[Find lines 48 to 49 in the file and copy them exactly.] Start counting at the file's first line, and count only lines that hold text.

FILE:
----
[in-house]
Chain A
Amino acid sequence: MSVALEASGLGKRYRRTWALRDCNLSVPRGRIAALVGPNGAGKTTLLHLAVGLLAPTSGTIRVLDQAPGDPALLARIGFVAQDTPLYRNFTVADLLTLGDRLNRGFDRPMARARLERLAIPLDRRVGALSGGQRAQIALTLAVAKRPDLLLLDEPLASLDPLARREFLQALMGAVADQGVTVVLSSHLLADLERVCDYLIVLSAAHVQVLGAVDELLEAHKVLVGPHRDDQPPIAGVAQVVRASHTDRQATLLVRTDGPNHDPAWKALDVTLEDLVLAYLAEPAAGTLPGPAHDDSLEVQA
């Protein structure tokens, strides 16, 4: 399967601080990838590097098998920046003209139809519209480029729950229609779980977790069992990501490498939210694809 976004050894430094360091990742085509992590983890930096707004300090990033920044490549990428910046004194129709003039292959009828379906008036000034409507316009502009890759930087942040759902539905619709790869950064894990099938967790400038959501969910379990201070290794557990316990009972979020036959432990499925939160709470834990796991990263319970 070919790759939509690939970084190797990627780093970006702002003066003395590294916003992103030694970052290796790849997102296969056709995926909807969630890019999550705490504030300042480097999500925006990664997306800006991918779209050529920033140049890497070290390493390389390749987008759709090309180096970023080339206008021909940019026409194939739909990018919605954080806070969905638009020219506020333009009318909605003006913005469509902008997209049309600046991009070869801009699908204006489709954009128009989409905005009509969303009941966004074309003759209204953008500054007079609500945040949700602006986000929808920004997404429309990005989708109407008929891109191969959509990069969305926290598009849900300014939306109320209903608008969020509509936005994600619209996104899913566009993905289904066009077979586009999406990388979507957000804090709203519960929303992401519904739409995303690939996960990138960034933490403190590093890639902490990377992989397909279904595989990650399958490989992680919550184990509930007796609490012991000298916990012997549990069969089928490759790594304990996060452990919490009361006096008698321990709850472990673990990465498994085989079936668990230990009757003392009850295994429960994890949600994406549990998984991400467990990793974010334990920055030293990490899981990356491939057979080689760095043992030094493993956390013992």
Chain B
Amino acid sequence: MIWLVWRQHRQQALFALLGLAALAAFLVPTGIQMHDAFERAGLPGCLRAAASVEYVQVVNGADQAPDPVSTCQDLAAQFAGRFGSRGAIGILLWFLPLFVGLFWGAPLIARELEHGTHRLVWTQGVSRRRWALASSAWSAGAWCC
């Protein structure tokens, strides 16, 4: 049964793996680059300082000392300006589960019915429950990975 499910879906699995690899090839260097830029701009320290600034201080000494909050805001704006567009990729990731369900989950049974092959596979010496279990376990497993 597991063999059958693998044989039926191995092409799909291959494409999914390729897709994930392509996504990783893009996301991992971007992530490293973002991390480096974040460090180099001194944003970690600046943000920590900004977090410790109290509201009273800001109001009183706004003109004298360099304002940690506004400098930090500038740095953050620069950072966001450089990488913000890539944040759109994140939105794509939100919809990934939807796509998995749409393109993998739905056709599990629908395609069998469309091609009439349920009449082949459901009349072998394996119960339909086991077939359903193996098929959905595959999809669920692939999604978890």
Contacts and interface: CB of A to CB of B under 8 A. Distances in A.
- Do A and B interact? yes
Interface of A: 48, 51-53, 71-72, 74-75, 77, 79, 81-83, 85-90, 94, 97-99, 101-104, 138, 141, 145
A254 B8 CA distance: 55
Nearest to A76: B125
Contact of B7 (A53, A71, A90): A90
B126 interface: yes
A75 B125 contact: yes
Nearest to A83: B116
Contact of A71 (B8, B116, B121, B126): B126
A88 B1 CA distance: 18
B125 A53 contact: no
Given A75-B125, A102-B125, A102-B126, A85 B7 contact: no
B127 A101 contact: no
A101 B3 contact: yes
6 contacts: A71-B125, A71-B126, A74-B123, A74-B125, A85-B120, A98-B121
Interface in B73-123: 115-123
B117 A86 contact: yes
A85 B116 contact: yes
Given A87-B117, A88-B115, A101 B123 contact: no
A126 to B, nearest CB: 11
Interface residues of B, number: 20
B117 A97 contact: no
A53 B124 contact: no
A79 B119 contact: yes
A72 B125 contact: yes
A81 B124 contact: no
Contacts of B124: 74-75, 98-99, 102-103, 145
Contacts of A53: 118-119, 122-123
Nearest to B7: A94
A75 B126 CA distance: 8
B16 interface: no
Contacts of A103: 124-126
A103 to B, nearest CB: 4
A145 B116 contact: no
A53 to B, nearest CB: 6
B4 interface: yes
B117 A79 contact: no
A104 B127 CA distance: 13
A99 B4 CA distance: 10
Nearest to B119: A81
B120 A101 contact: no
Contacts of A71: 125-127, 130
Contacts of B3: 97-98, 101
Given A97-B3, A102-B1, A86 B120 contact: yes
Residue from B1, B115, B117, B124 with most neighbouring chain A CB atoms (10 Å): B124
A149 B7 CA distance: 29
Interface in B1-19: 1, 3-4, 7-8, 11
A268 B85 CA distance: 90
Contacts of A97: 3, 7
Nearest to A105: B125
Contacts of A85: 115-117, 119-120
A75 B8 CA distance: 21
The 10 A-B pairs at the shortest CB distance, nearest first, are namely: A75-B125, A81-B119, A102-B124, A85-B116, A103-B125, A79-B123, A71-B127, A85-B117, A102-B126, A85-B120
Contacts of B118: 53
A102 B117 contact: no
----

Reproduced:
Nearest to B119: A81
B120 A101 contact: no